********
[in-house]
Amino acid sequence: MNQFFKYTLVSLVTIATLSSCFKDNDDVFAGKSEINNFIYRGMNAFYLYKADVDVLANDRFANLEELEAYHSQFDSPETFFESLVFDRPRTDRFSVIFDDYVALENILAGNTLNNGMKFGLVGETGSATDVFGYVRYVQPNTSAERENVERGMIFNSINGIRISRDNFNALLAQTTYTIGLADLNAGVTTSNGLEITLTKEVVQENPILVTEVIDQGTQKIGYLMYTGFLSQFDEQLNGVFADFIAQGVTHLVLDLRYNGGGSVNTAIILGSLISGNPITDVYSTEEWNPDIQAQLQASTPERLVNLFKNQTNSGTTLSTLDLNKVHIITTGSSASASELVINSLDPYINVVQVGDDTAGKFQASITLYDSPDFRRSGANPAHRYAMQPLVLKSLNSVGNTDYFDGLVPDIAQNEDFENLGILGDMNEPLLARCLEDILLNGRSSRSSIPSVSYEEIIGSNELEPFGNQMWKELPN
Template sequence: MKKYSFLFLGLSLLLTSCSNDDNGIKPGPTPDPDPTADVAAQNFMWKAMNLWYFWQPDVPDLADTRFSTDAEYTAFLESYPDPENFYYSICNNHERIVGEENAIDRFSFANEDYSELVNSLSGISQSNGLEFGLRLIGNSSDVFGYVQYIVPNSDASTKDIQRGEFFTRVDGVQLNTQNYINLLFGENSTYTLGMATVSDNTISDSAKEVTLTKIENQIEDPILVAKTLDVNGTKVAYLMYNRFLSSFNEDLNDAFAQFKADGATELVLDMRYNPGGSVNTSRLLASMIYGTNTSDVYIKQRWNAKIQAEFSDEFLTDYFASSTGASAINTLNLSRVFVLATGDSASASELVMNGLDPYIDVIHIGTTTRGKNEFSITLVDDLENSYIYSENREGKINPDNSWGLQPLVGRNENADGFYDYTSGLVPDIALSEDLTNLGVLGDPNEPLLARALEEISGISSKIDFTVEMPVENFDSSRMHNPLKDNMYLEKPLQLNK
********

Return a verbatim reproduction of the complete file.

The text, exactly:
[in-house]
Amino acid sequence: MNQFFKYTLVSLVTIATLSSCFKDNDDVFAGKSEINNFIYRGMNAFYLYKADVDVLANDRFANLEELEAYHSQFDSPETFFESLVFDRPRTDRFSVIFDDYVALENILAGNTLNNGMKFGLVGETGSATDVFGYVRYVQPNTSAERENVERGMIFNSINGIRISRDNFNALLAQTTYTIGLADLNAGVTTSNGLEITLTKEVVQENPILVTEVIDQGTQKIGYLMYTGFLSQFDEQLNGVFADFIAQGVTHLVLDLRYNGGGSVNTAIILGSLISGNPITDVYSTEEWNPDIQAQLQASTPERLVNLFKNQTNSGTTLSTLDLNKVHIITTGSSASASELVINSLDPYINVVQVGDDTAGKFQASITLYDSPDFRRSGANPAHRYAMQPLVLKSLNSVGNTDYFDGLVPDIAQNEDFENLGILGDMNEPLLARCLEDILLNGRSSRSSIPSVSYEEIIGSNELEPFGNQMWKELPN
Template sequence: MKKYSFLFLGLSLLLTSCSNDDNGIKPGPTPDPDPTADVAAQNFMWKAMNLWYFWQPDVPDLADTRFSTDAEYTAFLESYPDPENFYYSICNNHERIVGEENAIDRFSFANEDYSELVNSLSGISQSNGLEFGLRLIGNSSDVFGYVQYIVPNSDASTKDIQRGEFFTRVDGVQLNTQNYINLLFGENSTYTLGMATVSDNTISDSAKEVTLTKIENQIEDPILVAKTLDVNGTKVAYLMYNRFLSSFNEDLNDAFAQFKADGATELVLDMRYNPGGSVNTSRLLASMIYGTNTSDVYIKQRWNAKIQAEFSDEFLTDYFASSTGASAINTLNLSRVFVLATGDSASASELVMNGLDPYIDVIHIGTTTRGKNEFSITLVDDLENSYIYSENREGKINPDNSWGLQPLVGRNENADGFYDYTSGLVPDIALSEDLTNLGVLGDPNEPLLARALEEISGISSKIDFTVEMPVENFDSSRMHNPLKDNMYLEKPLQLNK